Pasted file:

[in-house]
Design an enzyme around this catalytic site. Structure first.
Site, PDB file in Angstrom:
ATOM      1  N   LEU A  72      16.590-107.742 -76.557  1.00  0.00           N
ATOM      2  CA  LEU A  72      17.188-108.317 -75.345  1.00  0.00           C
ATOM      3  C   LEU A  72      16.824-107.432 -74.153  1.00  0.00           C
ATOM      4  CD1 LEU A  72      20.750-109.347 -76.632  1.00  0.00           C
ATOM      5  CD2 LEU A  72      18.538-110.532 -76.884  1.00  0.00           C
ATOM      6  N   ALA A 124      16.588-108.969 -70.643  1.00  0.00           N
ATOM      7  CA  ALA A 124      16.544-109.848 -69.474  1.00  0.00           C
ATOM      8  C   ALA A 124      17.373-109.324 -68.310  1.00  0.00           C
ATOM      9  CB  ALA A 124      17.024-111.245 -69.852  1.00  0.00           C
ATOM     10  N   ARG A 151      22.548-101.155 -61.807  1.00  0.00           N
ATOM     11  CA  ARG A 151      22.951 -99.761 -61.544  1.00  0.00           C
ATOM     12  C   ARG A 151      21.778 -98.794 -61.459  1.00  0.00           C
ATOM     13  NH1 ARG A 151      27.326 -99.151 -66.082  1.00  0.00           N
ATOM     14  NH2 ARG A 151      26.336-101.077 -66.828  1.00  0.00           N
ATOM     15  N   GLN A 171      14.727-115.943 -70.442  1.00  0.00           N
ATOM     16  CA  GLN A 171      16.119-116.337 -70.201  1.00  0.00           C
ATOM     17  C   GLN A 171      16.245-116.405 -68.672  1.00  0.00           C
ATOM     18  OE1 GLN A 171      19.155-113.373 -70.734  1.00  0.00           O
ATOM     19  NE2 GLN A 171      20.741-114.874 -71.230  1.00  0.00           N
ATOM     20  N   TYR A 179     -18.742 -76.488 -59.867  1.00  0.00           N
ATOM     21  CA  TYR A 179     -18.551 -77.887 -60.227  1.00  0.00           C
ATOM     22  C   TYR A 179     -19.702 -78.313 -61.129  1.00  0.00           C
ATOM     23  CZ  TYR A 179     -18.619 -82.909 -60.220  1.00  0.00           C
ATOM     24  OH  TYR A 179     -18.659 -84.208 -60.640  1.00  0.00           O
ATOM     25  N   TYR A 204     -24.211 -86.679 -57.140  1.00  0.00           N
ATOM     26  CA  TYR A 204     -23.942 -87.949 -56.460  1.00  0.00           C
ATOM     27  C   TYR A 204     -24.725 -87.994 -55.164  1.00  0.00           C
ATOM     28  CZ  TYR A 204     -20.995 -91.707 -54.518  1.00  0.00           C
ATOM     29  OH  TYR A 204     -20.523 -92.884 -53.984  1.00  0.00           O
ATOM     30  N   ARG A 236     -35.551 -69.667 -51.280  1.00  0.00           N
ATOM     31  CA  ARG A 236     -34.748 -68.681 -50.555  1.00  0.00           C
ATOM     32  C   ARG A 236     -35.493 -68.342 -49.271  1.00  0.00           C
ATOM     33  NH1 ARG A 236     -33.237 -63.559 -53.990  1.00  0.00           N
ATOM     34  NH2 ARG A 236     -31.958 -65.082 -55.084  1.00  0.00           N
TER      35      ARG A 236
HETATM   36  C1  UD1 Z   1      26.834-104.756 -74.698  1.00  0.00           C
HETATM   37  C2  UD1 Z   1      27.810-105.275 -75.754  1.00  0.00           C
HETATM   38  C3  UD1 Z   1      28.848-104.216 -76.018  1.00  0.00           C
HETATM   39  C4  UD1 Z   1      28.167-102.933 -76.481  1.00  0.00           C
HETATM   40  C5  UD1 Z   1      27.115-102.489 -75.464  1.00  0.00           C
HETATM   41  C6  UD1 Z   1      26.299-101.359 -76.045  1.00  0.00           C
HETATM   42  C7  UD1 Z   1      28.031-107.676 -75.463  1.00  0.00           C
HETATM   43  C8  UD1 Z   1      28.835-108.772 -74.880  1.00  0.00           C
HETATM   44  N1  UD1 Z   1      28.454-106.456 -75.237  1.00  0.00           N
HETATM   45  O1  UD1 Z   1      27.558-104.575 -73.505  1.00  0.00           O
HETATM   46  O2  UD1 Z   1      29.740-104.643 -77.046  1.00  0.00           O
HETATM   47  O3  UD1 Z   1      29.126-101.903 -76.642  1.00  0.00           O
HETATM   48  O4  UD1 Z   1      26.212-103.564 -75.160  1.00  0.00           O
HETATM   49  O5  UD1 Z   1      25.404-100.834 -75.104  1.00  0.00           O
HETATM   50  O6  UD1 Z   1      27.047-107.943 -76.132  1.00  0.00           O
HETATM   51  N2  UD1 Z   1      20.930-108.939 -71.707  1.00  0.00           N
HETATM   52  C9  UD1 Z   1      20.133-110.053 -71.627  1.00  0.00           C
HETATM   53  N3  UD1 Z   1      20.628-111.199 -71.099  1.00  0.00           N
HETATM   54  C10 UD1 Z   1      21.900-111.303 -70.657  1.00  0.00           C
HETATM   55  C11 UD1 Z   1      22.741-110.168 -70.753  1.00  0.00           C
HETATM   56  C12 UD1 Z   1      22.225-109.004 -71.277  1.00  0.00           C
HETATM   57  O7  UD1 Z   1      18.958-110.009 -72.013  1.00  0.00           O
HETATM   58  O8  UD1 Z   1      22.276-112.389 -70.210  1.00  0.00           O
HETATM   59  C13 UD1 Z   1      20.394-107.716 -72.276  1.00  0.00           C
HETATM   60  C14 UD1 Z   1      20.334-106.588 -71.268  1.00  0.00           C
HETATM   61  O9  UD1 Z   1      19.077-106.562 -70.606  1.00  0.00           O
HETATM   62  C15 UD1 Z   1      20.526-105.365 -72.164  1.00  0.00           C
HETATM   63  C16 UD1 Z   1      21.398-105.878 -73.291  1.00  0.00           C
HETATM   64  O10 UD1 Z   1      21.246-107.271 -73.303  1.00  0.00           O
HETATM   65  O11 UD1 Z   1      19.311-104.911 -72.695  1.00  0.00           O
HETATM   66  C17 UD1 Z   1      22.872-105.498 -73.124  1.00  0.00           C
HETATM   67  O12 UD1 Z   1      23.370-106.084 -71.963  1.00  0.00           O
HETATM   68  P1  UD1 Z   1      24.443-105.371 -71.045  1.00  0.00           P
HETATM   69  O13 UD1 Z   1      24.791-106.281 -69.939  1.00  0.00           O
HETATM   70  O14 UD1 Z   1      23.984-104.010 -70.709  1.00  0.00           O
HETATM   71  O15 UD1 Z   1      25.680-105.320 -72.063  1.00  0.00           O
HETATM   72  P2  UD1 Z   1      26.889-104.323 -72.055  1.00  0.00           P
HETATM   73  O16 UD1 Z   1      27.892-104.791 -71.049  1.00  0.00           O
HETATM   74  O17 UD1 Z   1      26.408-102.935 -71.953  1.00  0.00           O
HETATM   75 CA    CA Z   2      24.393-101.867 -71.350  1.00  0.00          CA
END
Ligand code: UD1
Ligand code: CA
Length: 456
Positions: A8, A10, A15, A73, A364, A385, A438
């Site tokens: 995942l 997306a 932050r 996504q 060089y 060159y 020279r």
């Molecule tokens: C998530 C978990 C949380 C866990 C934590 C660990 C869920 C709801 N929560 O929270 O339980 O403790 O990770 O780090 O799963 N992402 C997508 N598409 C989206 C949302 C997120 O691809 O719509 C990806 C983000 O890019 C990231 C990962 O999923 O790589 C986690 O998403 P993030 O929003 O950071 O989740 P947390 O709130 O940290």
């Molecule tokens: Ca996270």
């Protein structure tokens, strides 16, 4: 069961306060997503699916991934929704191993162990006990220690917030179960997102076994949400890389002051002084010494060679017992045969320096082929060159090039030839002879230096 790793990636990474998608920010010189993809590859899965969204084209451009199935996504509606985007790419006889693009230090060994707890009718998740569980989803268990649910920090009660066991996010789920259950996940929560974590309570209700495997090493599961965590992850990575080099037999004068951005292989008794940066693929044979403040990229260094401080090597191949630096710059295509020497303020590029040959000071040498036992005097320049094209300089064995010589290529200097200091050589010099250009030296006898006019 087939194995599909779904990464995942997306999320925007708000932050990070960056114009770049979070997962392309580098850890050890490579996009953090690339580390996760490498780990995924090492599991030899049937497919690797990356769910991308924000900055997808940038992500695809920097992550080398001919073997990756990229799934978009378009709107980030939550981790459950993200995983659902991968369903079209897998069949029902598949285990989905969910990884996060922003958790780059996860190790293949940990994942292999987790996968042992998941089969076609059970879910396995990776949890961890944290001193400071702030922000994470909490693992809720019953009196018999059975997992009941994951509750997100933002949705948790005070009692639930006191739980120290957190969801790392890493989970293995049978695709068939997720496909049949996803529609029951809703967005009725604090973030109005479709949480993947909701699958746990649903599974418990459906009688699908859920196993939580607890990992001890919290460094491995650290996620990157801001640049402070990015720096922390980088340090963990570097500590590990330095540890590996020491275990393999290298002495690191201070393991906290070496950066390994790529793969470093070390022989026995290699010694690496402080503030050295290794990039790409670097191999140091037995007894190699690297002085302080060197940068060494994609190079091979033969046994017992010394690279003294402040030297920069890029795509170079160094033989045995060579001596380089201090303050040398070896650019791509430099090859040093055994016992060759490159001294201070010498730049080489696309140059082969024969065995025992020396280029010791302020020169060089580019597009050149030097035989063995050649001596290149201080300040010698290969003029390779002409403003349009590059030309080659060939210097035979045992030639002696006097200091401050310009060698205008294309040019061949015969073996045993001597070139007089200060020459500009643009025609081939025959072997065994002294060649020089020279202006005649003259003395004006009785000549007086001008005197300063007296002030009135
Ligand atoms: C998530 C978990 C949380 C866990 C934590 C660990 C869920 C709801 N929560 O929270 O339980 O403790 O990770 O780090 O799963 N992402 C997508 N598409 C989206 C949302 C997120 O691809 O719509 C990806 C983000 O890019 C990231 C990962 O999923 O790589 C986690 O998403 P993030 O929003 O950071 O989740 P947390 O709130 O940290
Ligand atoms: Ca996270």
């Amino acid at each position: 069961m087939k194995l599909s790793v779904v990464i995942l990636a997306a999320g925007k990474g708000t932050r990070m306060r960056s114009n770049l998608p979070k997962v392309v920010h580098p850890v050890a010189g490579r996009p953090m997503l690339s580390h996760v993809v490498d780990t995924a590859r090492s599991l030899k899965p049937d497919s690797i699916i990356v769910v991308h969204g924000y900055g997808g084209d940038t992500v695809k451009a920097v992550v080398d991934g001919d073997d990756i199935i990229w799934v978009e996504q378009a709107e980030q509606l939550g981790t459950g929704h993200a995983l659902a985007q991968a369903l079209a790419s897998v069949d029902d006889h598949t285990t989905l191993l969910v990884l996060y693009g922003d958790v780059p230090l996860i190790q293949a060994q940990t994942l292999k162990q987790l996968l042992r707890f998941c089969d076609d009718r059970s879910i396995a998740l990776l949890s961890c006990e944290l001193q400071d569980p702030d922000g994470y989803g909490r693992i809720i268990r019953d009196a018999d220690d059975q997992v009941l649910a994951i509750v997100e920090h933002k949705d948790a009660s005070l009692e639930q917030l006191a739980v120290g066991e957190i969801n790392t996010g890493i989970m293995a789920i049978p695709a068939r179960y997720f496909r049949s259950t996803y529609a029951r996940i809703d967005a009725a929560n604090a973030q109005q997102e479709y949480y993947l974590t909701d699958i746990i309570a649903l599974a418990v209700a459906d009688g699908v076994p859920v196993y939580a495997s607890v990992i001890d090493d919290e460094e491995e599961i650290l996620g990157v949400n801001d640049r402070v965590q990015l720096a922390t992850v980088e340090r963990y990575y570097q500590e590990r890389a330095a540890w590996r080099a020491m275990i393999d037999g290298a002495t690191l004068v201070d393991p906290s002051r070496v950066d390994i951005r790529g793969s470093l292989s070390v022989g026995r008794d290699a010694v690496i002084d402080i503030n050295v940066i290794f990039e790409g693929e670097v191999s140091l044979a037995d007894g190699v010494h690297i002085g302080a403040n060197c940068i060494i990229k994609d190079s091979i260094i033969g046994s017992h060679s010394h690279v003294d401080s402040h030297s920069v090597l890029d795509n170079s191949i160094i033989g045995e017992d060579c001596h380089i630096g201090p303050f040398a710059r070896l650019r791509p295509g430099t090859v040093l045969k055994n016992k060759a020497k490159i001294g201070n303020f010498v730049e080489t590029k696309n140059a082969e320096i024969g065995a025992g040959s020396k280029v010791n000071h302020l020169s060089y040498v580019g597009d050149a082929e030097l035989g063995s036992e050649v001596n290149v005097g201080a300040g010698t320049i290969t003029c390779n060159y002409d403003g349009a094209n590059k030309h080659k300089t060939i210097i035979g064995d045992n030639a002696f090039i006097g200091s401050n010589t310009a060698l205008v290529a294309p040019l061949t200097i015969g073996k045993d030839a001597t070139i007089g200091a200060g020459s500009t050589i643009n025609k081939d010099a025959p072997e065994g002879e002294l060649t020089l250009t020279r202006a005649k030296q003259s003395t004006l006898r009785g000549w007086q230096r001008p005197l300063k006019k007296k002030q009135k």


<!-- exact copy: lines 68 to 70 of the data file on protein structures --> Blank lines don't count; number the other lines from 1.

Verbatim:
HETATM   65  O11 UD1 Z   1      19.311-104.911 -72.695  1.00  0.00           O
HETATM   66  C17 UD1 Z   1      22.872-105.498 -73.124  1.00  0.00           C
HETATM   67  O12 UD1 Z   1      23.370-106.084 -71.963  1.00  0.00           O